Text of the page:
Once you decide what type of luggage you are going to travel with you will need to decide what clothes and gear to put in it! This will of course depend on what season you are traveling in and what activities you plan on doing. Research the local fashion (I.e. is it a country where you need to dress modestly) and also see what other travelers wear by researching blogs, and utilizing TikTok and instagram. One packing rule I always follow is if you don't wear it at home you won't wear it abroad so skip the heels and dresses that only make it out of your closet once a year anyway. Other essentials I swear by are: packing cubes, a portable charger, and a quick-drying travel towel. The backpacker saying is to take half the clothes you were already planning to bring then half it again. You won't need everything you think you will and you want to save room for fun stuff you want to buy while there.


Research what vaccinations are mandatory and which are suggested for the country or countries you visit. You can get these from a pharmacy, primary care doctor, or a travel clinic. However, depending on where you are located, they usually aren't cheap. You can actually get them when you arrive at your destination for cheaper. However, bear in mind some vaccines require a second dose 1-2 weeks later, which may affect your travel plans.

Banking and Cards

Let your bank know you are leaving the country. If they don't know and you use your card abroad the may flag the transaction as fraud and lock your card. It's also a good idea to have multiple debit cards and credit cards because sometimes ATMs will "Swallow" your card and you can't get it back. In the unfortunate event that this happens you'll be glad to have an additional card to get money out with. Credit cards are also super handy because you don't have to worry about dealing with ATMs and you can rack up miles-just make sure you get a card with zero foreign transaction fees. I also swear by cards like Wise that are designed for travelers to easily transfer money and convert currencies in the app! Wise is much cheaper than using a bank and has over 40+ currencies. Get your first transfer free by using my link here.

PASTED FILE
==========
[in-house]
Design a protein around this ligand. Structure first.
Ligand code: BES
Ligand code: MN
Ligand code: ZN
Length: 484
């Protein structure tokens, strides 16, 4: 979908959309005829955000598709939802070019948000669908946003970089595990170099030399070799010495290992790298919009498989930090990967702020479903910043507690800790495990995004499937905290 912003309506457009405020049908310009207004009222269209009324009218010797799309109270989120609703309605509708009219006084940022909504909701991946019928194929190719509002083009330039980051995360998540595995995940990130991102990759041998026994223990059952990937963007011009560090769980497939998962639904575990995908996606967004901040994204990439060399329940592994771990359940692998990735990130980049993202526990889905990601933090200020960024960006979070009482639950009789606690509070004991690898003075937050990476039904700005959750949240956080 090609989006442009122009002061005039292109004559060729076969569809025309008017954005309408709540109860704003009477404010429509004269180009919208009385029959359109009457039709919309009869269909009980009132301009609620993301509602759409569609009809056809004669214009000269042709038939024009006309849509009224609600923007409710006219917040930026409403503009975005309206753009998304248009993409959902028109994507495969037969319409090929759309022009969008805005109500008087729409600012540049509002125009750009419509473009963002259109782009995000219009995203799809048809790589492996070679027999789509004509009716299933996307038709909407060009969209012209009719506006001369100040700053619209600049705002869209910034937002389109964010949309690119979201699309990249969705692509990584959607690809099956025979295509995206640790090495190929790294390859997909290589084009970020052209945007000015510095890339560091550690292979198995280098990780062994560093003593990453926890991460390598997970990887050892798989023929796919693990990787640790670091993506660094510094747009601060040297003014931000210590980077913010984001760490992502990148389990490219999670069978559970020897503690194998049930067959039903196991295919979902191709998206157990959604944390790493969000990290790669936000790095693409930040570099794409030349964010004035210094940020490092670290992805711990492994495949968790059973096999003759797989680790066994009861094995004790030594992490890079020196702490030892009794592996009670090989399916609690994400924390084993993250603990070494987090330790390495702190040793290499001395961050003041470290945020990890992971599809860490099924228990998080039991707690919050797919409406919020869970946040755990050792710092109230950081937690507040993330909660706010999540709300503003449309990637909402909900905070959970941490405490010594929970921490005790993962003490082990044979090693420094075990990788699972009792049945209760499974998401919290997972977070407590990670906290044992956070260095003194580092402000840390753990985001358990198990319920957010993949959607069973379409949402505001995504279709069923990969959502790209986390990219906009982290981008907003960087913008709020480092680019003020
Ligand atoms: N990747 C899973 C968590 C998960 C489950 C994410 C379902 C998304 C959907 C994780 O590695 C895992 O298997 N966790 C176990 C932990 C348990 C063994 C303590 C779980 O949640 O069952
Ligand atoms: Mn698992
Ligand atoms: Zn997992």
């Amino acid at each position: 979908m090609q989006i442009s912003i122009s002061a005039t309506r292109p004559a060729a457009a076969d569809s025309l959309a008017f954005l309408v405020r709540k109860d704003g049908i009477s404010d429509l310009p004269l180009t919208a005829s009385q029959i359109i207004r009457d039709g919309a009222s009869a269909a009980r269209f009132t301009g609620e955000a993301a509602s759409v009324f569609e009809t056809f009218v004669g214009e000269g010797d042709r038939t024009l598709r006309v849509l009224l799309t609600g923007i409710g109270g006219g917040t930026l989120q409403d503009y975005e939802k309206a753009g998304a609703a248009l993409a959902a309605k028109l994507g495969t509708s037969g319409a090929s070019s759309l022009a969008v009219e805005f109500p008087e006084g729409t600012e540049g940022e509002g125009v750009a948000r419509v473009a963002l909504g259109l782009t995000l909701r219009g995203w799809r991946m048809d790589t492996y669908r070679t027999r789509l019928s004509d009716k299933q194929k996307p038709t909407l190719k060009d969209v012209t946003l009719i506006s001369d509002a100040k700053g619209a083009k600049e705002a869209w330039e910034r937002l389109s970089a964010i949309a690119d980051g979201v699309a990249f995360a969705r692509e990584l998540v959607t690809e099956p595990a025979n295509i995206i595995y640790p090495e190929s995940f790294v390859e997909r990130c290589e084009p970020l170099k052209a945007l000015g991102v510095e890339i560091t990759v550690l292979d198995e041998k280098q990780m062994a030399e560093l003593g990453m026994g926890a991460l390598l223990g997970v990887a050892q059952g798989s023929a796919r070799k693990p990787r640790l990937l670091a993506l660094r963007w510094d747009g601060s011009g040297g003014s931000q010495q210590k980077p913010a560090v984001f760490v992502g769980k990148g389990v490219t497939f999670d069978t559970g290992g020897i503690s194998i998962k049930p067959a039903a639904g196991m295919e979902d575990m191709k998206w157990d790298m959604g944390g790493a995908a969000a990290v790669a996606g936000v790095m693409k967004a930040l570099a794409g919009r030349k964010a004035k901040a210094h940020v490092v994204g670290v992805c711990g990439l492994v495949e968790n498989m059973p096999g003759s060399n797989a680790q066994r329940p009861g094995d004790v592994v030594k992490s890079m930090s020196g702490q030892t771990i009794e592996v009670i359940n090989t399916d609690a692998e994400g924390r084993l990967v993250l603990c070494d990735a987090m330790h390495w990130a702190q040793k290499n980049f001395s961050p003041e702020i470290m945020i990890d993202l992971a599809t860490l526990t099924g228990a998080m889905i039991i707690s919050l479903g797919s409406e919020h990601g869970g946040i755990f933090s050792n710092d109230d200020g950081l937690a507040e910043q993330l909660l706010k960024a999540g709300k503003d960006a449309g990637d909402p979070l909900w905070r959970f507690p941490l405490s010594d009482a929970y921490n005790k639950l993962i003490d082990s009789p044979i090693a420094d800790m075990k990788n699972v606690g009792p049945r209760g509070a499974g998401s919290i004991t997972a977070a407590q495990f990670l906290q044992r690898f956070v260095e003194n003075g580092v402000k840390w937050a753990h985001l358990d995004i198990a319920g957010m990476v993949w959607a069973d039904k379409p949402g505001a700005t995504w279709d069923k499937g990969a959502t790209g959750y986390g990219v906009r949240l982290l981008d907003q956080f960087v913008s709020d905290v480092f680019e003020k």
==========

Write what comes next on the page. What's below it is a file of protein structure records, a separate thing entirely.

Pro-tip: Add your bank cards to Apple Pay (or Google Pay for Android users) so if an ATM eats your card you can still do a Western Union transfer to get cash.

Cash is King

Having multiple card options is essential but anywhere in the world remember that cash is king. Always have some cash on you in case you are in a place that doesn't accept cards or if you are asking for a favor or for negotiating- a cash offer is always going to go over smoother than paying by card as the recipient still has to pay a transaction fee and most countries payment apps like Venmo aren't really a thing. Additionally, you can pre-order money from your bank in your home country and have it sent directly to you or pick it up at your local branch. In particular Bank of America does this, check their website for all the currencies they offer. I wouldn't say it's the best exchange rate but it is way better than the airport (but please never exchange money at the airport) so this would be an ideal option for a very short trip or if you are taking out over a thousand dollars in local currency as they then don't charge a fee.

International Driver License

In some cases you will need an international drivers license even if you are just riding scooters. There are generally low cost and you can get them at your local DMV or AAA branch if you are a member.

Passport photos

Get a set or two of fresh passport photos taken and take them with you. This is for when you apply for visas in person they will need a passport photo to issue it. This can also expedite the replacement process for a lost or stolen passport.